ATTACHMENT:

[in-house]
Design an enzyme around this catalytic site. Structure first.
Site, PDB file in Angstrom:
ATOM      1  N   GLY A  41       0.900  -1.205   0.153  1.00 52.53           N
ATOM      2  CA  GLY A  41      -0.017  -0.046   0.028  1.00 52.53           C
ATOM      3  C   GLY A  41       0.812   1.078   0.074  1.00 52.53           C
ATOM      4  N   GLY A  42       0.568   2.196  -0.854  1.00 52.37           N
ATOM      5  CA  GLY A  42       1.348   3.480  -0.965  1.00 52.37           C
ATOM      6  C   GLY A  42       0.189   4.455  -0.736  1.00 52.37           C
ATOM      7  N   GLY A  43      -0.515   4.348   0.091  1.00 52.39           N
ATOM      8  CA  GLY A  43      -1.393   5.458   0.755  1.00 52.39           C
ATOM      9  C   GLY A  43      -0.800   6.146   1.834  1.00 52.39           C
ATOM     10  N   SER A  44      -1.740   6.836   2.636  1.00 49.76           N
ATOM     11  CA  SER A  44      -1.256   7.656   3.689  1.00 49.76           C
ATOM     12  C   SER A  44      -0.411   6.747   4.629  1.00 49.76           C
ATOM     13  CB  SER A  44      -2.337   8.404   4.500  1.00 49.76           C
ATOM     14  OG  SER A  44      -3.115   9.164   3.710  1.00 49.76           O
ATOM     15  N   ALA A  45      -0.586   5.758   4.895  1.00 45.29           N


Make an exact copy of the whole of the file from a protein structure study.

[in-house]
Design an enzyme around this catalytic site. Structure first.
Site, PDB file in Angstrom:
ATOM      1  N   GLY A  41       0.900  -1.205   0.153  1.00 52.53           N
ATOM      2  CA  GLY A  41      -0.017  -0.046   0.028  1.00 52.53           C
ATOM      3  C   GLY A  41       0.812   1.078   0.074  1.00 52.53           C
ATOM      4  N   GLY A  42       0.568   2.196  -0.854  1.00 52.37           N
ATOM      5  CA  GLY A  42       1.348   3.480  -0.965  1.00 52.37           C
ATOM      6  C   GLY A  42       0.189   4.455  -0.736  1.00 52.37           C
ATOM      7  N   GLY A  43      -0.515   4.348   0.091  1.00 52.39           N
ATOM      8  CA  GLY A  43      -1.393   5.458   0.755  1.00 52.39           C
ATOM      9  C   GLY A  43      -0.800   6.146   1.834  1.00 52.39           C
ATOM     10  N   SER A  44      -1.740   6.836   2.636  1.00 49.76           N
ATOM     11  CA  SER A  44      -1.256   7.656   3.689  1.00 49.76           C
ATOM     12  C   SER A  44      -0.411   6.747   4.629  1.00 49.76           C
ATOM     13  CB  SER A  44      -2.337   8.404   4.500  1.00 49.76           C
ATOM     14  OG  SER A  44      -3.115   9.164   3.710  1.00 49.76           O
ATOM     15  N   ALA A  45      -0.586   5.758   4.895  1.00 45.29           N